Disfigured memorial to the Jews killed in Edvabno. Photo: redaktorext.polskieradio.pl
As Armen Gasparyan mentions in the press-conference there are a lot of settlements that suffered during the holocaust. The book dwells on just a few of them because otherwise it would be several times bigger. The author says that the hatred to the Jews as the main holders of the idea of communism, which was the dominant idea in the Polish domestic politics, was also a general trend all over the Western Europe. “We shouldn’t think that evil Nazis came and tempted the righteous Europeans into violence and murder. Even before that they felt about the same thing”, believes Armen Gasparyan.
War against memory
Why the Soviet Union tried not to expose and even to hide the crimes of the Polish and the Ukrainian nationalists is clear. Poland joined the family of Socialist nations, supposedly forever. So, it made no sense to dish the dirt from the past.
Starting from 1944, while the war was still in process first donations were sent to Poland. “Warsaw was restored using bricks and cement from Leningrad and with the help of Leningrad’s architects. The old dwellers of Warsaw know that the whole historical center of the city was called Leningrad’s,” reminds Armen Gasparyan.
In 1946 the USSR sent trains full of food, depriving themselves of it, starving. “I just want us to remember this and the fact that 600 thousand Red army soldiers and officers sacrificed their lives, so that the people of the country were not used at soup factories, were not shot to death or sent to gas chambers”, adds the author.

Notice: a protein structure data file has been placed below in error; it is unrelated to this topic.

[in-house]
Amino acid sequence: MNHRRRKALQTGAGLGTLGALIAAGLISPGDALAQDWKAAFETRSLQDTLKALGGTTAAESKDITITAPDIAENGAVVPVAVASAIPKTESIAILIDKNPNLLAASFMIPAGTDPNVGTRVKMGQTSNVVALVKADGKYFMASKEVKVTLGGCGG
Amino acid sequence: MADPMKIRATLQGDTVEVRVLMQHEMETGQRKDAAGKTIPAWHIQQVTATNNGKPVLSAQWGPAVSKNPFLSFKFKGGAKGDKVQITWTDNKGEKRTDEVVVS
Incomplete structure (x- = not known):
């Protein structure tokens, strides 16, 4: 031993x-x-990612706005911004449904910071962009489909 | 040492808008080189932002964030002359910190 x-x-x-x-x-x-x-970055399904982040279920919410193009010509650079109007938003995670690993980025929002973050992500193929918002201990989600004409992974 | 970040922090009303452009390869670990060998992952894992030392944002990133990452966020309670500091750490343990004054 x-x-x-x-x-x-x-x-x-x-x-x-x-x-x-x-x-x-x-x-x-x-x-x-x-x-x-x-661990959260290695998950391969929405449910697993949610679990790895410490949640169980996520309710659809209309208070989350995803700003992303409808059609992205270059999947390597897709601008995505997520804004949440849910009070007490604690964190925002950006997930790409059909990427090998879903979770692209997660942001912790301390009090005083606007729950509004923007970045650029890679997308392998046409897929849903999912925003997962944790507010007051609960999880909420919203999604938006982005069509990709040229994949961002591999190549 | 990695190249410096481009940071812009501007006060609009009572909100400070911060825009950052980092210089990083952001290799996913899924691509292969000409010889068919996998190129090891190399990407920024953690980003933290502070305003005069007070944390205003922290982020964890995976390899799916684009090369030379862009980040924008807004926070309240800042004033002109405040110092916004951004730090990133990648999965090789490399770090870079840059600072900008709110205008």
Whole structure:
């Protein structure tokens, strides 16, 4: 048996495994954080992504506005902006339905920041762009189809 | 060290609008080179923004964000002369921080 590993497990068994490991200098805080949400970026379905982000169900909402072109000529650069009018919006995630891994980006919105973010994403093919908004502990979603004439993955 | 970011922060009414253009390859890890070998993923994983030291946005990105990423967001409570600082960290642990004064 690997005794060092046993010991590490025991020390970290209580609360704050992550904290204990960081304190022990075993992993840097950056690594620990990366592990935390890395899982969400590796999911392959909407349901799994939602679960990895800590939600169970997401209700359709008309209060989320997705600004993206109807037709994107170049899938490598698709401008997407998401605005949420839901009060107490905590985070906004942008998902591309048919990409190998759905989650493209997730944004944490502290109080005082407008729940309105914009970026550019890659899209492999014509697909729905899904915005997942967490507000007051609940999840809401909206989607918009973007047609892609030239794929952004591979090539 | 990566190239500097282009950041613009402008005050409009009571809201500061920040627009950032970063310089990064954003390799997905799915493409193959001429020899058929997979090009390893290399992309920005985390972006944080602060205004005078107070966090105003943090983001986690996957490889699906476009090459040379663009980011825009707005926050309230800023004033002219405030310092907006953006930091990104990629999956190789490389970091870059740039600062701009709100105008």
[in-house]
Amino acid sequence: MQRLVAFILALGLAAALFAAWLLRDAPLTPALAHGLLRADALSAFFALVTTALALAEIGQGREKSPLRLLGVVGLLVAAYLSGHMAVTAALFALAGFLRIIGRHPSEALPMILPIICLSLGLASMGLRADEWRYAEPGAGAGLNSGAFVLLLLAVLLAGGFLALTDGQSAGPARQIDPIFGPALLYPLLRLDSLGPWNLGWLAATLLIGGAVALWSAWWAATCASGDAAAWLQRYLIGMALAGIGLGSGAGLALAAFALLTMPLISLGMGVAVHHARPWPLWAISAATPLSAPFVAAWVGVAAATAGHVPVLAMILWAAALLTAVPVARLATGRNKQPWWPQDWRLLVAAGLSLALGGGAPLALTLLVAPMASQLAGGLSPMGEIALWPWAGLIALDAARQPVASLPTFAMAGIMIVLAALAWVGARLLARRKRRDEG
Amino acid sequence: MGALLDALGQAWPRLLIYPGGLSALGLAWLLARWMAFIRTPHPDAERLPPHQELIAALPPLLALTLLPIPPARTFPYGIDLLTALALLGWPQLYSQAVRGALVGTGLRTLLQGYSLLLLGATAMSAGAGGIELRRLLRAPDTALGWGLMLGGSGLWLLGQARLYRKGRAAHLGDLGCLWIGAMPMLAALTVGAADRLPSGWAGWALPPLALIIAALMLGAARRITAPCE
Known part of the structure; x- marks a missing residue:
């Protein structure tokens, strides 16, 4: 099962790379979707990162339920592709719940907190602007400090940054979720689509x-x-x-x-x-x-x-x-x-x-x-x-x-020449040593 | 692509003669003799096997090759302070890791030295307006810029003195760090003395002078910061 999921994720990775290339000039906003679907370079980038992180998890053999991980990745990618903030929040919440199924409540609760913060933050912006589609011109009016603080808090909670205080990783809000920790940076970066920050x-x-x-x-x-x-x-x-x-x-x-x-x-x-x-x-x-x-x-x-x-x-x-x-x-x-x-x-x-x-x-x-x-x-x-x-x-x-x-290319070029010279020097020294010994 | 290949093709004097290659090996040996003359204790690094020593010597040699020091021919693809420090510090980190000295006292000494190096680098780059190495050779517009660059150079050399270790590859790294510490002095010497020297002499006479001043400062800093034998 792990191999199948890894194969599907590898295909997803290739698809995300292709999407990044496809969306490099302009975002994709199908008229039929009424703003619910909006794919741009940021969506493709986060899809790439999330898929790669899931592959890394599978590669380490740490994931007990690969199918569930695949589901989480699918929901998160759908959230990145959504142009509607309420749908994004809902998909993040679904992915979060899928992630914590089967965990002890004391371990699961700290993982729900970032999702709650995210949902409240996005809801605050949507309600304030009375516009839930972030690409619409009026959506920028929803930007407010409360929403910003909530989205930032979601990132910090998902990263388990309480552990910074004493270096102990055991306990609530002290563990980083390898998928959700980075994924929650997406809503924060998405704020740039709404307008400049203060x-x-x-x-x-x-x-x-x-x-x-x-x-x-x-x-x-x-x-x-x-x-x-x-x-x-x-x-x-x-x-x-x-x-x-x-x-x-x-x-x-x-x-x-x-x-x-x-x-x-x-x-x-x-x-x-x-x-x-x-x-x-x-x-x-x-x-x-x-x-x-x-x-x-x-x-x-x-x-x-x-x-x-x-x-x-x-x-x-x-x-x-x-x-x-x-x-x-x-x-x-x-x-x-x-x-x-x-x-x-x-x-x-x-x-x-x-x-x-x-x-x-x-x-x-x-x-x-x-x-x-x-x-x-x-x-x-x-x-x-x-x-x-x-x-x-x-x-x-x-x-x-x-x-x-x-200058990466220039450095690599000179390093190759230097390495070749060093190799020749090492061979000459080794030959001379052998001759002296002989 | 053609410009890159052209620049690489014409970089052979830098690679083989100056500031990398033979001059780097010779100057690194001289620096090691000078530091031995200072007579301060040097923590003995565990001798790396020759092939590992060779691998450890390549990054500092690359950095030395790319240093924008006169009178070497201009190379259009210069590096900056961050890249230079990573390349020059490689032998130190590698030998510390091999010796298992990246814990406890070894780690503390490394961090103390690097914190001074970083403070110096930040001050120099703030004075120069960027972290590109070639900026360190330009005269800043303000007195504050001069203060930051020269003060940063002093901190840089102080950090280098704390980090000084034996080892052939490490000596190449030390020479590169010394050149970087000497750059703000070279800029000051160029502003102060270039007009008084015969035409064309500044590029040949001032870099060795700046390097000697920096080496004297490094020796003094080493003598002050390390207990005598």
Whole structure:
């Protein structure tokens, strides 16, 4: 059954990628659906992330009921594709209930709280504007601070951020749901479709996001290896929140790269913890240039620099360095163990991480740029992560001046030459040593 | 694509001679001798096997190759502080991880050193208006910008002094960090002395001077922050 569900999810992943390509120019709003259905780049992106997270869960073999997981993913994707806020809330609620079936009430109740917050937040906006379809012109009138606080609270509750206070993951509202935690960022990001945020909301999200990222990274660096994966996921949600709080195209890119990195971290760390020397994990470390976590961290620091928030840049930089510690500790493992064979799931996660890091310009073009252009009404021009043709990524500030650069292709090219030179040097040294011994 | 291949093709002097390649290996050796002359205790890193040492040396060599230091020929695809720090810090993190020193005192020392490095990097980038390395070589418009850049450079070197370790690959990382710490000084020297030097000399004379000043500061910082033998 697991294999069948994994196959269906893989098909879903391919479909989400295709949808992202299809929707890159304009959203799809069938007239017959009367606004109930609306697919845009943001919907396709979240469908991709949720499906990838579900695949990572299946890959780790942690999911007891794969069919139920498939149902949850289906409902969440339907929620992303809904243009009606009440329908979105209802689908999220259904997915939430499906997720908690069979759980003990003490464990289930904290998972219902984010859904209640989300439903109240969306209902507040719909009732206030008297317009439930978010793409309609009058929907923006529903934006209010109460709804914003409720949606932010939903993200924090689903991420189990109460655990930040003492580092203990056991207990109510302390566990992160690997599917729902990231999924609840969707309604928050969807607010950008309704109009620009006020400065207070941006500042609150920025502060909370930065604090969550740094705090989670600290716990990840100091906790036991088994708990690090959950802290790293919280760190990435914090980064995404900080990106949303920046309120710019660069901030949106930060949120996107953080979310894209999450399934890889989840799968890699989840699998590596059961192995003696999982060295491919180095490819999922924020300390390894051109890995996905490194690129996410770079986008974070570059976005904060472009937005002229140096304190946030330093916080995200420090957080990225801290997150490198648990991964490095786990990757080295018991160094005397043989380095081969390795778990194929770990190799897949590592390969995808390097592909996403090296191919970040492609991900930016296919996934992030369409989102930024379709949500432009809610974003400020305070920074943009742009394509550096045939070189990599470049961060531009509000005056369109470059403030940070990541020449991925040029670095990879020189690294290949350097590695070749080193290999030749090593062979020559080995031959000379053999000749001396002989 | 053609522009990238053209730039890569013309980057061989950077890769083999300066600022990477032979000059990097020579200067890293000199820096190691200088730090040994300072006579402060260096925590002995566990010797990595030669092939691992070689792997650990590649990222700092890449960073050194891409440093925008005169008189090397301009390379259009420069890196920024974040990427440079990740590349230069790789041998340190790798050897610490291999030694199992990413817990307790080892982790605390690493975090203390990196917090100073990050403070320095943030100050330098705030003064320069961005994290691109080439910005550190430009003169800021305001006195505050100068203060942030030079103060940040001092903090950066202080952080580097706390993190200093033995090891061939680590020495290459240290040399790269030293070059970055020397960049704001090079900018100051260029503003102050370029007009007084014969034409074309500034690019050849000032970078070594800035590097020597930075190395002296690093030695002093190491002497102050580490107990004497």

Post-war Warsaw, lying in ruins. Photo: asia.culture.pl
In his opinion, the Russians are not trying to rethink what the attitude to Poland was here. “We repent about Katyn. However, I haven’t received the answer to a very simple question, the main question to my mind. What was the percentage of the Polish security service’s officers (the Polish Counterintelligence in 1928-1939) of those killed in Katyn in 1940. Can I have a look at the people’s biographies? I’d like to know who exactly was shot, can I have this information? What if it turns out that the biggest part of them were the security service officers? There are war-time laws, aren’t there? What were the counterintelligence officers doing between wars? They were inciting the separation of the Soviet Union based on the national characteristics. Does this activity fall under the Article 58 of the USSR Legislation? I think it does. However, the Poles don’t like talking about it. It’s much easier to say that they were just shot for no reason,” says Armen Gasparyan.
Social surveys quoted in the book indicate that Russophobia is the main feeling of the Poles towards the Russians. 81% feel negatively about our country. Only 12% of the Poles feel positively when they hear the words “Russia” and “Russians”. Today there is a real war against memorials, several thousand monuments to Soviet soldiers will be pulled down. This way the war against memorials is turning into the war against the memory. Thought, as Armen Gasparyan reminds us, the current war is not much different from the one 100 years ago, when the memorial to count Muraviev was burst in Poland.
How Russians have to act in this situation? First of all, we should learn history. “We need to understand our history, accept our mistakes and realize that nobody but us will be able to correct them. A lot of people know the history of their own country badly. Many people think that we should understand and forgive. But why is it always a one-way street? Why is it always for us to forgive?”- asks the author. In his opinion we should understand the reasons for Russophobia and keep in mind that it didn’t appear yesterday and it won’t disappear tomorrow. So, we should build our relationships based on the given reality.